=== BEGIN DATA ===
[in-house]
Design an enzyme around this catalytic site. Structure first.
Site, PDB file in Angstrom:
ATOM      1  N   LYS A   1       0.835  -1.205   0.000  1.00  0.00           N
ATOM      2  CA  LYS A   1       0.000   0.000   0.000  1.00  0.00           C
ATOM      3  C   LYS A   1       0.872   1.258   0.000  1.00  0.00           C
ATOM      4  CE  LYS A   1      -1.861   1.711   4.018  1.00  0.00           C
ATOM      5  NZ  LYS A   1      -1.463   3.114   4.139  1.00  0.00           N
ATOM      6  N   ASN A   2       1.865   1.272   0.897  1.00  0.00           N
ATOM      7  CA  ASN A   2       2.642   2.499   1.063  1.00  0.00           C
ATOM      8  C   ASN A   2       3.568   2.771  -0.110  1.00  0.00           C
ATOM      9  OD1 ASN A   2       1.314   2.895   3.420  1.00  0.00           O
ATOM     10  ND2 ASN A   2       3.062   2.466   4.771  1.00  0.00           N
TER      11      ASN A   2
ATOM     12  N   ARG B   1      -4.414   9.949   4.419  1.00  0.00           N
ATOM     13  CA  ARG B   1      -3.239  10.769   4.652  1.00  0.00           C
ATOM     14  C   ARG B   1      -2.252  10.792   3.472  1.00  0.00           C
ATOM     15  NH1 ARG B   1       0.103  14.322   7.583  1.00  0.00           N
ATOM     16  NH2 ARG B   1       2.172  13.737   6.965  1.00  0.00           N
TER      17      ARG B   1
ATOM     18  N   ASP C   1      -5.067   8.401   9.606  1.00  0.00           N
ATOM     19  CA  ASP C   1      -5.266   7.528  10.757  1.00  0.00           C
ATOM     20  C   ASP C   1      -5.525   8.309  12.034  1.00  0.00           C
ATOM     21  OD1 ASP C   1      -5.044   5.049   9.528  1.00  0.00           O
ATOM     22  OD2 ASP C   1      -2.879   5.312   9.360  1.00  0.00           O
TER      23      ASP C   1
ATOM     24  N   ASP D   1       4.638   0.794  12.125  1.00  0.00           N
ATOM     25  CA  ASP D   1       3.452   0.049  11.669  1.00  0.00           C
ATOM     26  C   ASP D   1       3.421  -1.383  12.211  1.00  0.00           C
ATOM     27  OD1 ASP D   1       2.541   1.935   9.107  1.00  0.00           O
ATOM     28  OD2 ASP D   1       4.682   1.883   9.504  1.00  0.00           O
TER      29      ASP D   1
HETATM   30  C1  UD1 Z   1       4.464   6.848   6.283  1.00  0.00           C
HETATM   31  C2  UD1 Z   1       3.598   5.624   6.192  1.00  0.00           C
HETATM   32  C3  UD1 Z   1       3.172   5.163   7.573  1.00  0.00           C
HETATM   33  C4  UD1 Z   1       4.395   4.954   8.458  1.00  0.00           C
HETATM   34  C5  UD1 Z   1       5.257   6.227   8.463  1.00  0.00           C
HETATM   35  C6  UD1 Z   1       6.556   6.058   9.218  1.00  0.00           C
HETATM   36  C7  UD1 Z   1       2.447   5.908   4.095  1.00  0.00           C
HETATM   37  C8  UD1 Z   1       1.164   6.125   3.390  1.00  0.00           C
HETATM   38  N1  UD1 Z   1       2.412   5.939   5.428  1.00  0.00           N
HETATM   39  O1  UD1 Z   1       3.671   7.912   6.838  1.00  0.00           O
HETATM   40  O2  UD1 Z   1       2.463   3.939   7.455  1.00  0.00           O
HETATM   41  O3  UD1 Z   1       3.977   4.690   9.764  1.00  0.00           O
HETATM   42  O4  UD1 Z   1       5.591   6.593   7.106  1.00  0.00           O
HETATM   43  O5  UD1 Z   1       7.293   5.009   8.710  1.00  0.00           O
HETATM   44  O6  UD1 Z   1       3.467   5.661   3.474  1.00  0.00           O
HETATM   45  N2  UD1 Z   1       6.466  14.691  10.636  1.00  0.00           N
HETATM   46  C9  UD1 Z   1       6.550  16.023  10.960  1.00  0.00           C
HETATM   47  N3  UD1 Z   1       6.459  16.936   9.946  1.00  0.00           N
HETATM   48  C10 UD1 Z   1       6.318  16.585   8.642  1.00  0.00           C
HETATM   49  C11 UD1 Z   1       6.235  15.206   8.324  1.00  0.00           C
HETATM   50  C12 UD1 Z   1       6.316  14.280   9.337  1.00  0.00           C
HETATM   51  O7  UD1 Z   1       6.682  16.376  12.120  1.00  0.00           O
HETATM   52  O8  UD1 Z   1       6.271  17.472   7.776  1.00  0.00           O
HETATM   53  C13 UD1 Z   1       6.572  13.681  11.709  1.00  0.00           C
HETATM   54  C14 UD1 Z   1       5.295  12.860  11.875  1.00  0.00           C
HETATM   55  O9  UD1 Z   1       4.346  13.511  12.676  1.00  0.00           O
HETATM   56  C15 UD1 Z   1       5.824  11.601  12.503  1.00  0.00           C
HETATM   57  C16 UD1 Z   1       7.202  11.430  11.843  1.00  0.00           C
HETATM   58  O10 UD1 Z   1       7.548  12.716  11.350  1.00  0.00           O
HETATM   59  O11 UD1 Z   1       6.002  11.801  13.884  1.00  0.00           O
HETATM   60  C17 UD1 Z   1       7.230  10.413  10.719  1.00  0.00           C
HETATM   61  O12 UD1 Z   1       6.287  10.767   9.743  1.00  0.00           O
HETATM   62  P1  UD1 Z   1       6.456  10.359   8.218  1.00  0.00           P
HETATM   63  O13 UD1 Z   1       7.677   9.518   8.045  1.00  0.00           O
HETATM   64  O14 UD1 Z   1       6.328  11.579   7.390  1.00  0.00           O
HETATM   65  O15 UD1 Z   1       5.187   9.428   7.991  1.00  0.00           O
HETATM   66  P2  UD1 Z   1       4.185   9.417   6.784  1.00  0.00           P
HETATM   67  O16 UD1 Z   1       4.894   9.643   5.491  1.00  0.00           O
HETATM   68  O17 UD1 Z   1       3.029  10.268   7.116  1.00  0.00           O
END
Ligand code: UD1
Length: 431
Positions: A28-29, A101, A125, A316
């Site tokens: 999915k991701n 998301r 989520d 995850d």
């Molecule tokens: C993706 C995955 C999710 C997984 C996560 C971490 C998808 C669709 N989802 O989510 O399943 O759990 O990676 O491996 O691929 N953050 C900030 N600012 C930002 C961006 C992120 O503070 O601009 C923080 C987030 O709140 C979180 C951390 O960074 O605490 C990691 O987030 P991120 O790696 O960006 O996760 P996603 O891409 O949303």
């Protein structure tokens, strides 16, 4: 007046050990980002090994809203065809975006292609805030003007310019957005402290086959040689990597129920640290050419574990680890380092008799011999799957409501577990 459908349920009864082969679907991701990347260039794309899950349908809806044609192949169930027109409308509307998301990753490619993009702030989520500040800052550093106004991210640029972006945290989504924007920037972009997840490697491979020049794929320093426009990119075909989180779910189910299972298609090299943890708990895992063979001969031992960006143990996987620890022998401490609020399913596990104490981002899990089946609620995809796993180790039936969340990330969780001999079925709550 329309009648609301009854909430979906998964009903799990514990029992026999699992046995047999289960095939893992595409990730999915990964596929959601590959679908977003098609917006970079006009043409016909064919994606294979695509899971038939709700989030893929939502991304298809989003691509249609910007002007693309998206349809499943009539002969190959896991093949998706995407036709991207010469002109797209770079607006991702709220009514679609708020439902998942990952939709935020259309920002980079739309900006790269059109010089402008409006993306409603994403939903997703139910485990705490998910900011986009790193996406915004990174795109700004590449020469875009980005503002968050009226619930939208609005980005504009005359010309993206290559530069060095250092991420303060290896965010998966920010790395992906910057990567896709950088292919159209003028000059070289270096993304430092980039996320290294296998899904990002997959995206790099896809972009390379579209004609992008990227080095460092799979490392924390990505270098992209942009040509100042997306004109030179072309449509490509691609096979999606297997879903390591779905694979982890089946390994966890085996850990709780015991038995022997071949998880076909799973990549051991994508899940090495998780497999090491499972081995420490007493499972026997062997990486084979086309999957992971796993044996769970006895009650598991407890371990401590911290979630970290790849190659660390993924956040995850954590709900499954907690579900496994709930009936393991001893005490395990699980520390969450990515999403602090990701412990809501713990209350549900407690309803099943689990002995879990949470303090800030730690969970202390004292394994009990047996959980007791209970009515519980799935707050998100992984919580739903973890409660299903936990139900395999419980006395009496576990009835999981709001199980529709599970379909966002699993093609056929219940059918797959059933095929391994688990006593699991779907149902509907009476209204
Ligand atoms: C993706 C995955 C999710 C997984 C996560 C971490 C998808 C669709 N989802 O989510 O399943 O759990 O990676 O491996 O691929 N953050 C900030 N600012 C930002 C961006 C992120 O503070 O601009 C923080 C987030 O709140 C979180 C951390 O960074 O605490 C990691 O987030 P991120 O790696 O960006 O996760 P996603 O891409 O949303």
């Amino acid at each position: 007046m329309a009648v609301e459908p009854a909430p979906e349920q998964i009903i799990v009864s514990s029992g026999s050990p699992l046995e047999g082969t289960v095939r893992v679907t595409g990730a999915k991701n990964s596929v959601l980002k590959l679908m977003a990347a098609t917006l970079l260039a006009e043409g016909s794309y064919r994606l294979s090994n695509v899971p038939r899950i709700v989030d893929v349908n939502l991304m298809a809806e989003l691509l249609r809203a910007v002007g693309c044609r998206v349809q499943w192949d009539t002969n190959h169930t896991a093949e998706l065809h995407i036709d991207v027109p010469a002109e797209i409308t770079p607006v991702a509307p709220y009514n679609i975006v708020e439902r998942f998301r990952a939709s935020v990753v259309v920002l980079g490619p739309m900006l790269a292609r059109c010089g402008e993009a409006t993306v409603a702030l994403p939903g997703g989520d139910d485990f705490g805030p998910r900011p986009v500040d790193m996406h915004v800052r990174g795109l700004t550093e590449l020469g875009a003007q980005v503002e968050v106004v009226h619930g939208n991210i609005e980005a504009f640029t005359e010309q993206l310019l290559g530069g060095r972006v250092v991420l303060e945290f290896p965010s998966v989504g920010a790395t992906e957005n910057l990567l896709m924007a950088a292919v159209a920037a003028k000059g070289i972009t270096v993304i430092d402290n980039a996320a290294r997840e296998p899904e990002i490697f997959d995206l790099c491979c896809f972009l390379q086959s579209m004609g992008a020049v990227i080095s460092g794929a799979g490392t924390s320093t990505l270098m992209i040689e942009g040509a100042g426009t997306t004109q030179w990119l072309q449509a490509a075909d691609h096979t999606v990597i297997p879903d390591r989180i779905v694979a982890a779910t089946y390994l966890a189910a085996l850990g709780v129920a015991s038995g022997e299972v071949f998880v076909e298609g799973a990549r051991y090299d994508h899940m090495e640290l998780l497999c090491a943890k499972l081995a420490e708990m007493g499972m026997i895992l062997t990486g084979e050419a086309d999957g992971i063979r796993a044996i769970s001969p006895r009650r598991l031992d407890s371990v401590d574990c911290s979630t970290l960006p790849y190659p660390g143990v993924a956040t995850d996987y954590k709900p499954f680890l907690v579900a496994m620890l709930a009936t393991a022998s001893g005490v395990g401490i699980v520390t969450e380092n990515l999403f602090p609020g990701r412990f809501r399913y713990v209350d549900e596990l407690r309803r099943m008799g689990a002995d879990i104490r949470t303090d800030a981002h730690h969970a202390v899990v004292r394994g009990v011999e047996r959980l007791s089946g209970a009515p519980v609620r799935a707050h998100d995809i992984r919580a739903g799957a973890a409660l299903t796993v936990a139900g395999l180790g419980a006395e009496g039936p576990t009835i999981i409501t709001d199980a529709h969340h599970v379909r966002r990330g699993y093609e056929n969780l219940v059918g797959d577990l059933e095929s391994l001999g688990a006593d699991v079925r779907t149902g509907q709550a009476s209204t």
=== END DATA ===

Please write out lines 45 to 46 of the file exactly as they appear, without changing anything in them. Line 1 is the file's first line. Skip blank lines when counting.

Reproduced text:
HETATM   42  O4  UD1 Z   1       5.591   6.593   7.106  1.00  0.00           O
HETATM   43  O5  UD1 Z   1       7.293   5.009   8.710  1.00  0.00           O